An empty cottage cheese carton, for example, can be recycled into a storage box, a planter or a handy tracing device for drawing circles. What else around the house can be recycled for learning?
SAMPLE “SAVER” ITEMS
Containers and lids: Glass jars, plastic tubs and bottles and jugs, small boxes with lids, berry baskets, juice cans and oatmeal cartons, milk cartons small and large. Uses: liquid measuring activities, making musical instruments, candle molds, planters, vases, funnels, your child's personal mailbox.
Old printed materials: Magazines, catalogs, telephone directories, calendars, date books, greeting cards, junk mail, coupons. Uses: cutting out numbers, letters, words, appealing phrases - for making pieced together messages, for “real world” reading and math.
Back of note pads, cardboard from new clothing packages, tissue boxes. Uses: Picture frames, sewing cards, backing for placemats or posters, cut out figures.
Old pieces of paper, gift wrap, scraps of colored paper, shiny paper, tissue paper, bubble wrap. Uses: cut and paste pictures (for home made greeting cards, perhaps, mosaic pictures)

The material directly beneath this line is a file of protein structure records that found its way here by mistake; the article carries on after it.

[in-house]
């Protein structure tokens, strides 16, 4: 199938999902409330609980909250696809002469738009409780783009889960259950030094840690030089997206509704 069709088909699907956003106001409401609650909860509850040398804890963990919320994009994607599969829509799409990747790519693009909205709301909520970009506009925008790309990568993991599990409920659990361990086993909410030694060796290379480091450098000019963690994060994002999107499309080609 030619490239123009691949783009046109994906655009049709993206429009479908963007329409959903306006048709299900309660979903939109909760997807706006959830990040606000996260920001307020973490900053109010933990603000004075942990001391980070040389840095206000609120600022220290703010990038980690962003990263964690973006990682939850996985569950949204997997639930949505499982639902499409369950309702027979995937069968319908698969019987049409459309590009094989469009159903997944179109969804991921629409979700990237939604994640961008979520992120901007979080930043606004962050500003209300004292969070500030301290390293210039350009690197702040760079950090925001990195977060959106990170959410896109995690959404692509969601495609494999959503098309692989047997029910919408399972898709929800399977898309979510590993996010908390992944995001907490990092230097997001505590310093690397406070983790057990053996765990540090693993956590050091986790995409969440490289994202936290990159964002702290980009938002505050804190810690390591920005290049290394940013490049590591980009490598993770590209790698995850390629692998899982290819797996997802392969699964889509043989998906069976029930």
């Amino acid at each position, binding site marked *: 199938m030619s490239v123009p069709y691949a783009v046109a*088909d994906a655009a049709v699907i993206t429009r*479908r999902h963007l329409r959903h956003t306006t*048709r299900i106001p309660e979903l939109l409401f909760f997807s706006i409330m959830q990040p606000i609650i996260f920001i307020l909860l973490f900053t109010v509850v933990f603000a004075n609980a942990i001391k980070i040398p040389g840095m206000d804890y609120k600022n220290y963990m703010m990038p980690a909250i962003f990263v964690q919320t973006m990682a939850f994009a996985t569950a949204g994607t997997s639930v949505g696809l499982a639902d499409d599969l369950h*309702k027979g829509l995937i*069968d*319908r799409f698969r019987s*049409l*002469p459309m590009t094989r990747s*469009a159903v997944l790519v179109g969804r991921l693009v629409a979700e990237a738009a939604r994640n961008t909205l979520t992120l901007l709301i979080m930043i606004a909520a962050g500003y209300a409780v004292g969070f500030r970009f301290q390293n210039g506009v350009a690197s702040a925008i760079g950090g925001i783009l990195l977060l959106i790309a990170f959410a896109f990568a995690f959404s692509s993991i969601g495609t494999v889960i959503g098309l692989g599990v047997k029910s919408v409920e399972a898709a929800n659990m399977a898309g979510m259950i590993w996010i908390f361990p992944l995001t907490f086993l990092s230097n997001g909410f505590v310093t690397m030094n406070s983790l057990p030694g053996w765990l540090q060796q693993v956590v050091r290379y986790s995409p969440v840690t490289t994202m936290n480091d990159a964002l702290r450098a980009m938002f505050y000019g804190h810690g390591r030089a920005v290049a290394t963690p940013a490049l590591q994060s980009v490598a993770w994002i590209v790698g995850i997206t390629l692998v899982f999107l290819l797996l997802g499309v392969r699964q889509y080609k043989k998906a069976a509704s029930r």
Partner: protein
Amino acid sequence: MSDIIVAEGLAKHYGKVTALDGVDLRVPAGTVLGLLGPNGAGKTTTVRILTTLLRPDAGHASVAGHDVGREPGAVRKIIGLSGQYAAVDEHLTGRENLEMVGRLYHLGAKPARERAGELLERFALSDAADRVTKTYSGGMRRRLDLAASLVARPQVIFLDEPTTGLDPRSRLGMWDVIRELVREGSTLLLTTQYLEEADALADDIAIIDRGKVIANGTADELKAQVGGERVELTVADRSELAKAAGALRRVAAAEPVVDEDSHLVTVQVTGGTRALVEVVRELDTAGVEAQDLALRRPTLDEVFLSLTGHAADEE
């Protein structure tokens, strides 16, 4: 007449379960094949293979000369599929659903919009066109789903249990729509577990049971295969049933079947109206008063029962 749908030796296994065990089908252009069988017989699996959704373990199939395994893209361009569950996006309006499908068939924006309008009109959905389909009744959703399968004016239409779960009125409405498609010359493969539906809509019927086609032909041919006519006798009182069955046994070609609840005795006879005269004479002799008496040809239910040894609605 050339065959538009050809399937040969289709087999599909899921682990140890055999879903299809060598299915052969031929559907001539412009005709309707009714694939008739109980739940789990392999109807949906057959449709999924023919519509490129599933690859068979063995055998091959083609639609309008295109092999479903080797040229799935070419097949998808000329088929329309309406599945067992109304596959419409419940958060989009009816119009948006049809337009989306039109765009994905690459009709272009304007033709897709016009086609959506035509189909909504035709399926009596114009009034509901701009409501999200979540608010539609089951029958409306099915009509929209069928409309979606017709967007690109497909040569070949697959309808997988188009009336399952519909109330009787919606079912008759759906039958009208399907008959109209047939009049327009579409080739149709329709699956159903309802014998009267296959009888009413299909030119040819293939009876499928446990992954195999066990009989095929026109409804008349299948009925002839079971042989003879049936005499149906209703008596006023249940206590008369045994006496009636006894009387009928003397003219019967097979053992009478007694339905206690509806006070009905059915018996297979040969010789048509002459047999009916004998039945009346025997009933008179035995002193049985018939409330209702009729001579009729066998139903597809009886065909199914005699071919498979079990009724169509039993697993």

Cardboard tubes in all lengths. Uses: animal sculptures, make believe microphone or binoculars, holders for party favors, “rollers” for scrolls or pictures in a story sequence.
Egg cartons: Uses: sorting out and displaying collections, number games, making bumpy sculptures (cut apart cartons).
Single mittens, gloves, socks. Uses: puppets, dolls, bean bags.
Candly stubs, crayon stubs. Uses: making new candles, making melted crayon art (crayon shavings between sheets of waxed paper, melted with warm iron).
Odd note paper, envelopes. Uses: for important “in house” messages to and from your child. Envelopes can be used for sorting game pieces.
HOW TO STORE
Specific supplies will be easier to find if you sort out the items- paper tubes together, plastic containers, fabric scraps, etc. and store each kind separately in a labeled bag. The labels could either name the categories of items or their use (Save for crafts, save for reading projects, etc).
Excerpt from The Learning Letter: To Parents Helping Their Children Learn